Last night, I was delighted to attend a special viewing of American Mustang 3D in Paso Robles, CA. What made it extra special? Well, the Executive Producer Ellie Phipps Price and Director Monty Miranda were present along with Neda DeMayo. DeMayo is the founder of Return to Freedom, American Wild Horse Sanctuary. She also brought along two of her Mustangs that were featured in the film. I was even lucky enough to have a bite to eat with them before the show!
Upon meeting the film makers, I learned that Producer Ellie Phipps Price is head of a non-profit organization, Montgomery Creek Ranch, which is a private wild horse sanctuary. The ranch has saved 160 +/- forest service wild horses from being wiped out. Ellie also informed of a new (not yet established) trainer incentive program for some of her Mustangs. This training will help get the horses adopted, and continue to assist more horses that can be potentially saved by her sanctuary.
The film was beautifully executed and definately a story well told. It was a hybrid between being a documentary and a fictional story. This decision was made because the Director, Monty Miranda, wanted to show the beauty of the horse and not simply some scientist talking about the horses. The choice to film in 3D was also to give viewers an up close and personal view of the Mustang. Many of us can appreciate this, as we may never get the chance to be that close to one. If you love horses, please find a way to get out and watch this film! The scenes are just stunning!
In this film, you will get a front row seat on the negative impact the United States Bureau of Land Management (BLM) has on the wild horse herds. Thus bringing ultimate awareness to their continuing excessive and inhumane round-ups. These captivating scenes of horses in the wild also portray the strong and intimate bonds within the herds, bringing to light, their indispensable place in the tapestry of the North American landscape.
Upon watching the film, my emotions were pulled in many different directions. Being an advocate for the American Mustang myself, you can imagine that I would have heightened responses. Even if you knew nothing of the Mustang situation before watching the film, you will definitely know what is up by the end of it. After walking out of the theatre, I overheard some one say, “I had no idea any of this was going on! Powerful…” and proceeded to thank the director.
The film opens up to a few points of view on the subject of the American mustang. One viewpoint was that of a horse trainer who has some experience with mustangs. Another is from a girl who is in love with horses, and a cattle rancher. The latter was the most interesting to me, because cattle ranchers care about having open land and love horses, however, their complaints about wild horses competing with grazing land with their livestock has given launch and justification to further inhumane wild horse round-ups. How can that be?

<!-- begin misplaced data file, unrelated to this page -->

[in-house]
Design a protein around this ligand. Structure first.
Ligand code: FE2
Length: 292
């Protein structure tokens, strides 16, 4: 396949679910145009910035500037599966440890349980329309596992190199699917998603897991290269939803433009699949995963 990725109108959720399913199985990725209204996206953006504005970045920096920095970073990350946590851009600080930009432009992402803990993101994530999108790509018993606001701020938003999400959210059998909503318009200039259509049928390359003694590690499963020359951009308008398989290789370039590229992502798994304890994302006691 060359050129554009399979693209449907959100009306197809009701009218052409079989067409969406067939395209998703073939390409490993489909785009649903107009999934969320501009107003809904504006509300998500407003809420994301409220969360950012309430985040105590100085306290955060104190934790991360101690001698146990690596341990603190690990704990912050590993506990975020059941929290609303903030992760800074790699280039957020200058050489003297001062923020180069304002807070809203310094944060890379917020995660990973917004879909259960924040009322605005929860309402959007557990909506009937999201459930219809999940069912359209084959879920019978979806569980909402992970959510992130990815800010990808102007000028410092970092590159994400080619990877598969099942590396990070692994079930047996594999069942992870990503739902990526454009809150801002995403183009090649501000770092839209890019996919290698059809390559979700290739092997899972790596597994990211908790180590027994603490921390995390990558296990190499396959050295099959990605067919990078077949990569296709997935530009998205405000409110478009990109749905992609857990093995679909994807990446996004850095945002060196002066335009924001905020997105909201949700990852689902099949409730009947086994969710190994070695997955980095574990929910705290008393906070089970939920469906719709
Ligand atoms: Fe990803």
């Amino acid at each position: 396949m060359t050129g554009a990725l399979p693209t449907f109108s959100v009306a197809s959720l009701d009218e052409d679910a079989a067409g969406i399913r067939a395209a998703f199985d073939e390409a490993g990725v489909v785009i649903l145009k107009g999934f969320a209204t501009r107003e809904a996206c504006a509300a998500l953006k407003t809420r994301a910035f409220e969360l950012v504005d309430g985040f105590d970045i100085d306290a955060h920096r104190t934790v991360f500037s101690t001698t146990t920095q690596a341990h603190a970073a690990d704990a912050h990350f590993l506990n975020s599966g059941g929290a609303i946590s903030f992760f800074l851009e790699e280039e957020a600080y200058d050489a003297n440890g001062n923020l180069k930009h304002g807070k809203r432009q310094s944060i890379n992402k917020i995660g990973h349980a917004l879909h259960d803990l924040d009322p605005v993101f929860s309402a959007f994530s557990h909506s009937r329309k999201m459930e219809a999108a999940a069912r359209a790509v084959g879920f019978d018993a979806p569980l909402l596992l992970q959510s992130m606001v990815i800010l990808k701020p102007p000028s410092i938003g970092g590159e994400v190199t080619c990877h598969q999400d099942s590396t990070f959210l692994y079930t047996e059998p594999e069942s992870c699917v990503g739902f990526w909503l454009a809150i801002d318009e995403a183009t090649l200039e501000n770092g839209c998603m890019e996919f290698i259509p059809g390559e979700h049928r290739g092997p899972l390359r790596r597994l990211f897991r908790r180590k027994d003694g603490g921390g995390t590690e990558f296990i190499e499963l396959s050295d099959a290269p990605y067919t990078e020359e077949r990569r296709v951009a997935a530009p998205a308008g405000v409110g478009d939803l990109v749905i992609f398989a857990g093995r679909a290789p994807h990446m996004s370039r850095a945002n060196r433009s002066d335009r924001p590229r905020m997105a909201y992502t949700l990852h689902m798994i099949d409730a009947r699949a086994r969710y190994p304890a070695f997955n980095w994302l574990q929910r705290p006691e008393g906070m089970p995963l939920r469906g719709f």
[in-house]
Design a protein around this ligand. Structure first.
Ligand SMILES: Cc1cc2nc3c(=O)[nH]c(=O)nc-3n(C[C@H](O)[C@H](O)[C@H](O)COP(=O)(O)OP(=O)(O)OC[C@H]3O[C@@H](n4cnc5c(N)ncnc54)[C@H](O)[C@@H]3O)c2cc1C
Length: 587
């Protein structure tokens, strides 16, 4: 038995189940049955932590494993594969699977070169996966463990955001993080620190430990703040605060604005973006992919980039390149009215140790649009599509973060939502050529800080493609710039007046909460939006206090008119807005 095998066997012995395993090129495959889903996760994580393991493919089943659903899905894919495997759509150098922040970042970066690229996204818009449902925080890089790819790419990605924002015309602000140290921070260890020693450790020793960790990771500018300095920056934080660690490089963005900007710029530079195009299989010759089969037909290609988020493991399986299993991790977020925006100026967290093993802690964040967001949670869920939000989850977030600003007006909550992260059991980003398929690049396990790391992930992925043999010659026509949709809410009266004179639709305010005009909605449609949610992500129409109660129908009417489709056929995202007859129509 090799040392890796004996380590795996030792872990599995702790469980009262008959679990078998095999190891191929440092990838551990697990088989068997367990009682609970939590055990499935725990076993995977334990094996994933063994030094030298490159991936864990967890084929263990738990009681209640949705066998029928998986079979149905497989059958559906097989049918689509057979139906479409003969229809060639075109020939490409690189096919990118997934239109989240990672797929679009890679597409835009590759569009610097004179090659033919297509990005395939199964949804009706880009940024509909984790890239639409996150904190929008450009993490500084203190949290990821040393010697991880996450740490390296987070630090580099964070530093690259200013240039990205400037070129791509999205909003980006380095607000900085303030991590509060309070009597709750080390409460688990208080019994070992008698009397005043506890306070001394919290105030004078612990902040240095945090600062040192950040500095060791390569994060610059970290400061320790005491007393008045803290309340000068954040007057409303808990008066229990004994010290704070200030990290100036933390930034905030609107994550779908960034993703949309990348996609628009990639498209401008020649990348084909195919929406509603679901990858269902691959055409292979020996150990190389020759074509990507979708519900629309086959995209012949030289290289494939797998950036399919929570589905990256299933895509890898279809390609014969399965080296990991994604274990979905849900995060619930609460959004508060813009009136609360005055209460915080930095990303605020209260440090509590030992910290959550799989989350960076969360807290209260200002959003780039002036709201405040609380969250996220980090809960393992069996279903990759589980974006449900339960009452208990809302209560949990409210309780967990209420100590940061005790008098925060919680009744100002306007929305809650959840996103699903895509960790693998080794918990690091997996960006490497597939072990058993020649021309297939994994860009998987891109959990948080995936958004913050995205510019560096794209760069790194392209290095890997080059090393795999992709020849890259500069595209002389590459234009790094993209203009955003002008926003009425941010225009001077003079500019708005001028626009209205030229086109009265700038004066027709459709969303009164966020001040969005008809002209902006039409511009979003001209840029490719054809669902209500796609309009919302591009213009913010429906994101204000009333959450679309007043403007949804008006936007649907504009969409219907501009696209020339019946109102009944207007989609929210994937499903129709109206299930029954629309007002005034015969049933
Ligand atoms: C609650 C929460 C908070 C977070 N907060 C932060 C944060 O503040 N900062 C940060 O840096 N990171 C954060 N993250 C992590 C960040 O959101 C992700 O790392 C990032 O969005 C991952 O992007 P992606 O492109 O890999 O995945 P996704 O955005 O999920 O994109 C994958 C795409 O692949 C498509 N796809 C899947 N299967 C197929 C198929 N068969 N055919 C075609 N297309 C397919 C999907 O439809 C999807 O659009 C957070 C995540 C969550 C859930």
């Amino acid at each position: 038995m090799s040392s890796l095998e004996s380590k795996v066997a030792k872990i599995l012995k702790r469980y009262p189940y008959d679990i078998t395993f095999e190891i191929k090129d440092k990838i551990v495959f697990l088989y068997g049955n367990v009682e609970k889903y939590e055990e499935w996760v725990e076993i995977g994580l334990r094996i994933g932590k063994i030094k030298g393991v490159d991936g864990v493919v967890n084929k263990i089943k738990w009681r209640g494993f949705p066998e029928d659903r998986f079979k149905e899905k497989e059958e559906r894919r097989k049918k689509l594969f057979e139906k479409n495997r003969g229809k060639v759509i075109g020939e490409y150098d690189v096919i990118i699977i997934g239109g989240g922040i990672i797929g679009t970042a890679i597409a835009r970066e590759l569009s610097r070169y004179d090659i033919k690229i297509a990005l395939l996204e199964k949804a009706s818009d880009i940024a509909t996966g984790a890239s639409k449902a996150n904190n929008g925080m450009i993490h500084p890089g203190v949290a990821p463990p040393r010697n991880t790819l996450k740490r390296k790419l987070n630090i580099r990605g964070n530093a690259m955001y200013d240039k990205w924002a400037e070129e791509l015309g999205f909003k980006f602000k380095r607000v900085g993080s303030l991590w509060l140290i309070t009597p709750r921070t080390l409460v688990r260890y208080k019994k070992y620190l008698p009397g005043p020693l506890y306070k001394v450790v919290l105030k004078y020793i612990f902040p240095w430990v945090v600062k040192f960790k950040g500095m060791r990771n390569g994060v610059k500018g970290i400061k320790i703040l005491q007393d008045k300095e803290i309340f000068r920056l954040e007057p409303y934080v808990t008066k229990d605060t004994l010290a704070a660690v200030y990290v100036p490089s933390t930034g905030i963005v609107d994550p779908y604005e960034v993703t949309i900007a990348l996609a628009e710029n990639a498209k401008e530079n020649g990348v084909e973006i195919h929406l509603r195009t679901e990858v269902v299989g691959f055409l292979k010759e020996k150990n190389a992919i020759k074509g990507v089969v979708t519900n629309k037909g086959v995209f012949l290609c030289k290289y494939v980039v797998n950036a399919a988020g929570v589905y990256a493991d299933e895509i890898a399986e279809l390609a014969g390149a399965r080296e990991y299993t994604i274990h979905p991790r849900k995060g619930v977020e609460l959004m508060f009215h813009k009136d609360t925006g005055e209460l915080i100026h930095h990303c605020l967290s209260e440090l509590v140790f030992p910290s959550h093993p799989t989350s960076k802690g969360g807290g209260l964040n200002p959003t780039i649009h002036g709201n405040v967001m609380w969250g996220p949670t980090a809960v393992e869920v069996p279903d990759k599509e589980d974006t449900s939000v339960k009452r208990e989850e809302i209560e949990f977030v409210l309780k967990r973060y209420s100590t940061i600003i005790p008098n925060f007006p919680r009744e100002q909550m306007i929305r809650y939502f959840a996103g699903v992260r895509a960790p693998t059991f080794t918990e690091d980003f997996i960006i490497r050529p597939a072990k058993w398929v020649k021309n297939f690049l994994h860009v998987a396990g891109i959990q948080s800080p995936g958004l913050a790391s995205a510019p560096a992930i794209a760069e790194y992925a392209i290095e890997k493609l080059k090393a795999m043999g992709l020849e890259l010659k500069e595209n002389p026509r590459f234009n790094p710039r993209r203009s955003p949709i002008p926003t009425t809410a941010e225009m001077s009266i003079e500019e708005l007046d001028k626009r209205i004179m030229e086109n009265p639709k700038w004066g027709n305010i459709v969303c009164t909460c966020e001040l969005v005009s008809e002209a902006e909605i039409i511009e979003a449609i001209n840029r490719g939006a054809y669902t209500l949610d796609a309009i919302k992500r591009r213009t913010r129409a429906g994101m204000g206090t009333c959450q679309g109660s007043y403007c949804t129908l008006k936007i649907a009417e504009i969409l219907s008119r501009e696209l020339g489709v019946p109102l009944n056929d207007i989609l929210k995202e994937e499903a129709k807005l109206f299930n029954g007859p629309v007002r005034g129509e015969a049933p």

Following the story of a girl, who adopted a wild mustang and having him trained by a cowboy was a great approach. It resulted in the final scene’s emotional touch (…which I won’t spoil). This heartfelt touch was accomplished with the story telling aspect. No documentary alone would be able create such a profound feeling that you share right along with the girl. Reflecting as a mustang owner, I felt sorrow for Juno because she has lost her freedom. She has no choice but to stand waiting for me in a corral. Her sense of freedom has reduced to the moments I take her out leading her to graze in the pasture while maintaing grip of the rope attached to her.
There was only one issue I ultimately had with the film, which was of the horse trainer (cowboy). The film documents the cowboy actually “gentling” a wild Mustang, which they had adopted for the movie. However, I was squirming in my seat as they used ropes on the horse and desensitizing it with a bag on a stick, as they referred to it as “gentling”. In my opinion and understanding, gentling has nothing to do with restraint or control. When you start adding those, I would call it breaking a horse. Yes there is a difference between “breaking” and “training” a horse. Breaking is just that, breaking his spirit. Training is just that, working with your horse to establish communication and trust. So, what I witnessed the cowboy do was break a horse. Gentling would be feeding him, getting him to take a carrot from your hands, touching him because he feels comfortable by your presence. None of which you need a stick, bag or rope (not very gentle!). Once you gentle your horse, you can then train your horse. This concept is what is taught at my Mustang Equestrian School.
As a result, I say “Bravo!” This film managed to evoke powerful emotions about the Mustang situation and educate me on current facts and figures. Watch this film, and you will most definitely be moved. That is my promise and I hope this film reaches many. Especially the many who may have never heard of the ridiculous holocaust that is occurring on our public lands.
Author, Monica O. Krause
United Mustangs of America